The Irish Tendency

I often think about books I haven’t read,
small gems and ragged masterpieces whose rainy day has not yet come. I have
removed some of their dust jackets in preparation for the serious bout I
cannot, for some reason, schedule. I have even, as if managing bright students
who always raise their hands, shoved others into an artificial
prominence. “Look at me!” I’m having them say, but to no avail.

Some of these books I have started and put down. I’ve found, over the years, that it’s harder to take up an old commitment than to begin anew. It’s that phone call you always want to make, but never do – even if you’ve promised the person in question. The book sits there, reproaching you. You sidle away from it, like someone who has jilted you – when, in fact, you’ve done all the jilting and can’t face your swinish behavior and moral decay. This is a good book you’re ignoring. And yet you can’t stop. At this point, it’s habit and obligation – very hard things to break.

Not all of these books so beckon. Others I’ve simply forgotten – a bookstore pact I have failed to keep. What if I’d written these books myself? I’m willfully forgetting them. I’ve launched a campaign. I want to kill something in me – or in them. Or is it just the natural human tendency to move on, which means that things you’ve put aside are likely to stay there. It’s not your fault. It’s just the way things are.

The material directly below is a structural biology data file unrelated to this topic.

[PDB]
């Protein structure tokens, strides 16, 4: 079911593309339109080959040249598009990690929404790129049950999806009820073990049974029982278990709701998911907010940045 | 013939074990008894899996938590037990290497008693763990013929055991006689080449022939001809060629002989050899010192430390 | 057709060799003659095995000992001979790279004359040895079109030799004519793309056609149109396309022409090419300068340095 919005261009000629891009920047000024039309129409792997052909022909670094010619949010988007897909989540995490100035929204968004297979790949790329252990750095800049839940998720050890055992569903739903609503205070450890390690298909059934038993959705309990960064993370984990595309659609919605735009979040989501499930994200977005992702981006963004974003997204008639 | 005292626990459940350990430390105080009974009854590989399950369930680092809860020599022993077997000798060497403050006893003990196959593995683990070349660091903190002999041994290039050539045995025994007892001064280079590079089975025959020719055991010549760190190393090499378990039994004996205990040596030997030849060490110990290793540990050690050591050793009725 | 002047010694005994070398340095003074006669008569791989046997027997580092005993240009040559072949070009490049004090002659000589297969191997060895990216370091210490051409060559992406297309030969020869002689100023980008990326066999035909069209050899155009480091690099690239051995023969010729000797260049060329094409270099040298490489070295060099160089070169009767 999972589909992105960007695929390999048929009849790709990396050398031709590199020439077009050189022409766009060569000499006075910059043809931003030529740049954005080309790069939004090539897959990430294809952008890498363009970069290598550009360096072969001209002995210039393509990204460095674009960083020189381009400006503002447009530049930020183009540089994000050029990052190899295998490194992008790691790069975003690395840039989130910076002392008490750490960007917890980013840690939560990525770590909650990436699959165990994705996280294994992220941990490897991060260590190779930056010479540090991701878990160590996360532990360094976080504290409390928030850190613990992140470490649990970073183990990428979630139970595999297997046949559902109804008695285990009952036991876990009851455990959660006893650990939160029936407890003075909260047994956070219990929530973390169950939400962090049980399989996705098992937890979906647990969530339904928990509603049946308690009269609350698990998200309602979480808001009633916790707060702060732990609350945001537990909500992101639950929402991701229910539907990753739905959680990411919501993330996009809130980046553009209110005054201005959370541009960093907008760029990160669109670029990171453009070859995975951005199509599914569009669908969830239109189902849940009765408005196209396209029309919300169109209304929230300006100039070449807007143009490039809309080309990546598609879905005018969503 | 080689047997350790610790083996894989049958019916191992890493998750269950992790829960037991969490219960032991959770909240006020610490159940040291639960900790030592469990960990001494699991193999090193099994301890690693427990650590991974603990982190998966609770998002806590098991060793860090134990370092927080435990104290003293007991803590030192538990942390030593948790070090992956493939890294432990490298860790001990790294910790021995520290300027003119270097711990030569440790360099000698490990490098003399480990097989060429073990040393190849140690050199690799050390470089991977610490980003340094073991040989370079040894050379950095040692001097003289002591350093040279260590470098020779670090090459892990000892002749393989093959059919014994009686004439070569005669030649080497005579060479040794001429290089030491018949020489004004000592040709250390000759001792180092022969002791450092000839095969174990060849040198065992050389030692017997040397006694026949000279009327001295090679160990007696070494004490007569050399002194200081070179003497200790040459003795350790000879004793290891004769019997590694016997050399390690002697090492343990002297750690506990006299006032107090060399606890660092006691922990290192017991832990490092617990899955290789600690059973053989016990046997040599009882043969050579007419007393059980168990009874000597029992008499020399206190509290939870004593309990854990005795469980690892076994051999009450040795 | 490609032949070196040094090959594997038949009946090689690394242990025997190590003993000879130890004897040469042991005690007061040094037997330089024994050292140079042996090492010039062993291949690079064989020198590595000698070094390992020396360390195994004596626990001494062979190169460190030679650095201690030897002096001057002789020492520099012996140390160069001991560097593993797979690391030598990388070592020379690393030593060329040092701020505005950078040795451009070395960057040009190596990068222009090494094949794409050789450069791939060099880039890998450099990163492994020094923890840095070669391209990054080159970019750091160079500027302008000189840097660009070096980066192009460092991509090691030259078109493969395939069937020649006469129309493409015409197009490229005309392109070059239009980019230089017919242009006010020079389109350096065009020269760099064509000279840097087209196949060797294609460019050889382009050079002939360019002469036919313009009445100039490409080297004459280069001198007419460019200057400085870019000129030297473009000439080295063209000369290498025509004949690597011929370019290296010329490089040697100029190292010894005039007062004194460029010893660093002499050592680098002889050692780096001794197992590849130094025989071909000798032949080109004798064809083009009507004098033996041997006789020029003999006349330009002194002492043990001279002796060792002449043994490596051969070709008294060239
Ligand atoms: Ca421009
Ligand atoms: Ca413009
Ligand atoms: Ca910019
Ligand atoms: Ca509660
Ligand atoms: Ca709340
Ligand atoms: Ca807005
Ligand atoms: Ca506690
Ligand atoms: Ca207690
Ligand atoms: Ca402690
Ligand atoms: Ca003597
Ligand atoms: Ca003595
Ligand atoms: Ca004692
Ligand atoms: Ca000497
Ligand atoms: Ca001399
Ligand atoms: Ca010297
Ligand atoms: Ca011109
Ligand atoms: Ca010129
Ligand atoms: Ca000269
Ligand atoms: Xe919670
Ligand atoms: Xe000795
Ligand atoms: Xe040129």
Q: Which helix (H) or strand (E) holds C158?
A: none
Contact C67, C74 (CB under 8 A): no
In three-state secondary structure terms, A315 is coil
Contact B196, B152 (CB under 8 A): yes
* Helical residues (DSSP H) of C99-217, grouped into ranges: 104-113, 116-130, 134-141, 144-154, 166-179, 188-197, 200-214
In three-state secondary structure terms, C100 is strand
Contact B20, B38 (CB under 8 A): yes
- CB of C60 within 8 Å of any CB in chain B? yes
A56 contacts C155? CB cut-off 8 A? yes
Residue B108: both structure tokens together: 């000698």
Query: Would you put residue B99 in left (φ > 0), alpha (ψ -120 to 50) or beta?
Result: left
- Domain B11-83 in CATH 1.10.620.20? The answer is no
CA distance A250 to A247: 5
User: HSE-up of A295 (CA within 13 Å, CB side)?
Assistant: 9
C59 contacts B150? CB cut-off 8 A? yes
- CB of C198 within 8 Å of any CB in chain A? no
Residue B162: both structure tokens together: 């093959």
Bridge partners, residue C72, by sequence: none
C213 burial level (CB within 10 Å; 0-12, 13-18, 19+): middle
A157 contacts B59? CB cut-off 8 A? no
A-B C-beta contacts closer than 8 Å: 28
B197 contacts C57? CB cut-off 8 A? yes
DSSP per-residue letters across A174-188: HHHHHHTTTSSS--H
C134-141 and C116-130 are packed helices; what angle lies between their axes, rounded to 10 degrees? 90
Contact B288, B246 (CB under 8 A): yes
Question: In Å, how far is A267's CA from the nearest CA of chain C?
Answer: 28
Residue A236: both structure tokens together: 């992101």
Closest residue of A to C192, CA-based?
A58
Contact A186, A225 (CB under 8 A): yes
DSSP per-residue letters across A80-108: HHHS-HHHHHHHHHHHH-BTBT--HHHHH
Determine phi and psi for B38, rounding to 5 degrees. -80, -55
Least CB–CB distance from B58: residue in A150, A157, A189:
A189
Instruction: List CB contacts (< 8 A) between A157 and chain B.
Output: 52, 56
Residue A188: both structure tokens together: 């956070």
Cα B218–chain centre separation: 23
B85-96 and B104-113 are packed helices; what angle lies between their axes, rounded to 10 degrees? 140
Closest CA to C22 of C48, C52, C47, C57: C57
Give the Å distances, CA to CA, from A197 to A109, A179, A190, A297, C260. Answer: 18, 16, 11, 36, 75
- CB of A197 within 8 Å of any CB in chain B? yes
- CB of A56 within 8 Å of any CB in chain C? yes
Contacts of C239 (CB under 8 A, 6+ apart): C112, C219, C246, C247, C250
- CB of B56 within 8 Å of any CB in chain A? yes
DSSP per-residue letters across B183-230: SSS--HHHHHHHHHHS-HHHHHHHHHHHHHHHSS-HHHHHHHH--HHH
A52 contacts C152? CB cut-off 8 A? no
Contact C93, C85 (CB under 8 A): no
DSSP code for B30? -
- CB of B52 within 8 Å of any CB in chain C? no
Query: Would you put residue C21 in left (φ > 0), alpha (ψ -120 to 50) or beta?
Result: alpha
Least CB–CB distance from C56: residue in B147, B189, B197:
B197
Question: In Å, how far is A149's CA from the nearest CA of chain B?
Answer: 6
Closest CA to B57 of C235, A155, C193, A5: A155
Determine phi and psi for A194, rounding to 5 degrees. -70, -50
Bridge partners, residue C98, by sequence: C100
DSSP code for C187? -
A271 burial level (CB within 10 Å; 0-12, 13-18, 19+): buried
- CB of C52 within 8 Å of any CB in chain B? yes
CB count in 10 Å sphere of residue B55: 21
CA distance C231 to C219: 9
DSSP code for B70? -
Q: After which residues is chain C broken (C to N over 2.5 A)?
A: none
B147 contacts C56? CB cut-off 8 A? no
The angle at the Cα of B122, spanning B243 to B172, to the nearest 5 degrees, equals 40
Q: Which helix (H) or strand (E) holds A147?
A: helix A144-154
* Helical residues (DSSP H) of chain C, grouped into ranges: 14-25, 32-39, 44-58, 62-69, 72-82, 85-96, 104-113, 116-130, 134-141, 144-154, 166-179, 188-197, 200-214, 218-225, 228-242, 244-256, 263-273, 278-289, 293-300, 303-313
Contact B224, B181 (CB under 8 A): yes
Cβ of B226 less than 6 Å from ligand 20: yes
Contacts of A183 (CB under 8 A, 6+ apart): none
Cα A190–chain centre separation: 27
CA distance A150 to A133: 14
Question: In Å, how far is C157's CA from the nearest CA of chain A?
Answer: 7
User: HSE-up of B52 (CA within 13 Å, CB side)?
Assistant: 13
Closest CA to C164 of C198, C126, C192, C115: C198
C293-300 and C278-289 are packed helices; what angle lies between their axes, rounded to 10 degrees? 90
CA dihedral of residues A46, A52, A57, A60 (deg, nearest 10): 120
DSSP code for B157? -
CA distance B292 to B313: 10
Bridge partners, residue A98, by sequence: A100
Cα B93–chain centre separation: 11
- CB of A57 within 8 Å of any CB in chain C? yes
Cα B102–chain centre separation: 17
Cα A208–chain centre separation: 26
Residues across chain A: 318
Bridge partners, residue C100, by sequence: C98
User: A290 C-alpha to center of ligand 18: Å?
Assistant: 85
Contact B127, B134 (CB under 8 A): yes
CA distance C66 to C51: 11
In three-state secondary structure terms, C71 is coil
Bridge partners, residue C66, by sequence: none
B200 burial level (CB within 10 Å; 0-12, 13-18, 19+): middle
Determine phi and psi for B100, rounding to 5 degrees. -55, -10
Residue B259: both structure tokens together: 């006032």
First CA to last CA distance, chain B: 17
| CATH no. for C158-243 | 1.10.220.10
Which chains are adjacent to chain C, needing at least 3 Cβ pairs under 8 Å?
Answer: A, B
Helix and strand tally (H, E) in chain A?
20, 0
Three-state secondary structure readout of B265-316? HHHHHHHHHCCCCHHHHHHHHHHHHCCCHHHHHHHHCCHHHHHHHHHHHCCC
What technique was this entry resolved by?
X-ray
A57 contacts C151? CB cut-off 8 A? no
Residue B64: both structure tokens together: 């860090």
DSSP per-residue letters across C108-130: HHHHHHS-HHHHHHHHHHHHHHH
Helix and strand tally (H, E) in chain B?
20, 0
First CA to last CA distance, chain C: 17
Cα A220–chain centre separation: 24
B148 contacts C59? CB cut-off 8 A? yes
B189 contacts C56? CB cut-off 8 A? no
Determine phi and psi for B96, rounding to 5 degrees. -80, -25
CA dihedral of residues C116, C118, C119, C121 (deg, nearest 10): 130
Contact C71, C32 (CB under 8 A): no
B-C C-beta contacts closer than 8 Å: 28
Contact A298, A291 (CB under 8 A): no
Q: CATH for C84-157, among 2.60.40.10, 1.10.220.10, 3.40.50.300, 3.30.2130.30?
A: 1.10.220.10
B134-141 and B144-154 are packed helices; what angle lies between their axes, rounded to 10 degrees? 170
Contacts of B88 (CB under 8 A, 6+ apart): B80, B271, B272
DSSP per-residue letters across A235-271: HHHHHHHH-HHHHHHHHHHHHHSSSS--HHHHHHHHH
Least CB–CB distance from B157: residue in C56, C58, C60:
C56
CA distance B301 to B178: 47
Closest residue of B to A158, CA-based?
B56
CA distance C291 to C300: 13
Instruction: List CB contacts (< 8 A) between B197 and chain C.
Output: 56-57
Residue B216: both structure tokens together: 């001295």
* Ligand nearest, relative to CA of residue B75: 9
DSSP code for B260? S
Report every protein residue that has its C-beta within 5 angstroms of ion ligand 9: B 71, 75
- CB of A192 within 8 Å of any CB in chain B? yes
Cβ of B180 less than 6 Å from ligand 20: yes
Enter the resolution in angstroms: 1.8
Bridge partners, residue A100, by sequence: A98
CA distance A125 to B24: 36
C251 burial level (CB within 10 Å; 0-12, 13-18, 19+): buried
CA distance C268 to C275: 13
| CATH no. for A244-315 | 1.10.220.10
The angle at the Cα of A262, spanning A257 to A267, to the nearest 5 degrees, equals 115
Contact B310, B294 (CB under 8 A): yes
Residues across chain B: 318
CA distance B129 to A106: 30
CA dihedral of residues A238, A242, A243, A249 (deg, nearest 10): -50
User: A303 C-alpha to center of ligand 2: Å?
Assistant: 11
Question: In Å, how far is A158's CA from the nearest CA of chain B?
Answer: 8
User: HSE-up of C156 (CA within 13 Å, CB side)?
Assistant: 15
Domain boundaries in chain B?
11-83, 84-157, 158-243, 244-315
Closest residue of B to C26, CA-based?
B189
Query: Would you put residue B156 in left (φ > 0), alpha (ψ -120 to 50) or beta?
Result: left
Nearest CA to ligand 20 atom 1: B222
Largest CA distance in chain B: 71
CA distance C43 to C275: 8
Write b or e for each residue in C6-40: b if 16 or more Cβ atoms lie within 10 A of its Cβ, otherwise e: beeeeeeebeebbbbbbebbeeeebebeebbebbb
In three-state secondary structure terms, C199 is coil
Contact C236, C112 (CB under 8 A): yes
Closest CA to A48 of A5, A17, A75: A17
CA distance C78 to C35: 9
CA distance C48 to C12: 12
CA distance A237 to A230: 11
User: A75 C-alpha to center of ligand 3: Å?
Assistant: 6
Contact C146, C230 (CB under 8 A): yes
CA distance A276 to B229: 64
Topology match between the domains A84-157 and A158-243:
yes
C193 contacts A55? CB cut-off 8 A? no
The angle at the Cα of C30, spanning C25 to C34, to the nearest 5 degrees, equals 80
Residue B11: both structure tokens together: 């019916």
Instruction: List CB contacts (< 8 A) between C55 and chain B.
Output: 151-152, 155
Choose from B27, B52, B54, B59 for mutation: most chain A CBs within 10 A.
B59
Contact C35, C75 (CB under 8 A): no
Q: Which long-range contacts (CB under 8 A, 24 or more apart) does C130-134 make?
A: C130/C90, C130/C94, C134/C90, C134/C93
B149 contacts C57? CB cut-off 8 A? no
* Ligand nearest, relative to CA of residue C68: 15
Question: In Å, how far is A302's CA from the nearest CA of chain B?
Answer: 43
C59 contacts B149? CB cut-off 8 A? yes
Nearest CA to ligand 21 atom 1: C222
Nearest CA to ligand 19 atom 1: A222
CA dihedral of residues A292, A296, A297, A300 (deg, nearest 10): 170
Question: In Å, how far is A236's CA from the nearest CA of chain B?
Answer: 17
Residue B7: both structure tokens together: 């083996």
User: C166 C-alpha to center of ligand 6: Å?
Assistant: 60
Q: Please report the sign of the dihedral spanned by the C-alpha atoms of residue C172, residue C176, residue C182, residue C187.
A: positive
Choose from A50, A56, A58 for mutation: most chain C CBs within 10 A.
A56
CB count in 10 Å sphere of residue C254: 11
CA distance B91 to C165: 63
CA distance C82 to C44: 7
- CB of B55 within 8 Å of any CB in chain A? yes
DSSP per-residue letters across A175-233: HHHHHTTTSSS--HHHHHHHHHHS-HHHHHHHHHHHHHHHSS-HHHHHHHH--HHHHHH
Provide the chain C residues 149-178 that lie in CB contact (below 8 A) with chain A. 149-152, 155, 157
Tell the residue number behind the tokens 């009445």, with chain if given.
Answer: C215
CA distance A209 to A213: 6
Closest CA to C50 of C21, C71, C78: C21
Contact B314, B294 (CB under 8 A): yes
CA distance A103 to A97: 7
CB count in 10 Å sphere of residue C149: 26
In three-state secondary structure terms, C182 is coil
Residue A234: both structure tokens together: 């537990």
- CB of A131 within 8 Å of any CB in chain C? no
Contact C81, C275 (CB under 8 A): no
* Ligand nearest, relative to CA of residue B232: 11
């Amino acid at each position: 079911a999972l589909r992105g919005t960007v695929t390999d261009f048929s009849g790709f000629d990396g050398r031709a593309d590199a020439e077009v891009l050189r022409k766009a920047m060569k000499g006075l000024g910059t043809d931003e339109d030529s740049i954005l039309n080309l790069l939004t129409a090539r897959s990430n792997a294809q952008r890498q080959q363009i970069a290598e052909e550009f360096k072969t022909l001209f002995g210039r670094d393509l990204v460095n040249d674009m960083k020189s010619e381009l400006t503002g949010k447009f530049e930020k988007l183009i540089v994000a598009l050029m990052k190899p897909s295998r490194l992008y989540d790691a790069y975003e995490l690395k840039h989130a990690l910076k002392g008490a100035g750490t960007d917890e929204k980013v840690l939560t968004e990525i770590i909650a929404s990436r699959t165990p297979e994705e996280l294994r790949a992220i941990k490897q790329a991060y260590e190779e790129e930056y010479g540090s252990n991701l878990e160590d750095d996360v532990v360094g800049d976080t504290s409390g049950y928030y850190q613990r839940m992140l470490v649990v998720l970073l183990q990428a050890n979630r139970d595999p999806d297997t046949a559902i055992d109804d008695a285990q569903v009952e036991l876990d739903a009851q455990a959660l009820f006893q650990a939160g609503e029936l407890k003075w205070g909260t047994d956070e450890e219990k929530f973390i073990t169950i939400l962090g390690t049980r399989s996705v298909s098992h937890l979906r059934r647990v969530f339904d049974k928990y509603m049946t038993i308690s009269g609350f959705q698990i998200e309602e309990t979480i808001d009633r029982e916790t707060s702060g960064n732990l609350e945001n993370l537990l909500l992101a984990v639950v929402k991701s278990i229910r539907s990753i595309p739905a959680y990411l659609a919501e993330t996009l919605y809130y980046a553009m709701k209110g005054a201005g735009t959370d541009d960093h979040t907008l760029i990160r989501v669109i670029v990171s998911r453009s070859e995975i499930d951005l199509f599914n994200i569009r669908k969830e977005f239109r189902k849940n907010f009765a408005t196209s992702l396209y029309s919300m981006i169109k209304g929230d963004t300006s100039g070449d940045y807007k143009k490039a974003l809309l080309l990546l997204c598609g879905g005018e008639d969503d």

I have the Irish tendency for regret. I will look at the wide crockery bowl in the kitchen, notice a neglected orange, and bemoan its outcast state. I ate an orange yesterday, but not this one. How could I be so insensitive? I could have eaten both. But no, I was crazed with impulse. I’m a taker and a user. A selfish git. An unredeemable blackguard. I have become, unwittingly and without malice aforethought, a one-orange guy.

My Irish tendency will not read Finnegans Wake, though it’s not among
the unread books I’ve been mooning over. No, it’s buried deep in the vaults of
a failed imagination and a wretched sense of fealty to my forebears. I
loved Ulysses, but, in terms of difficulty, Ulysses is like a pulp novel. It has people and episodes and funny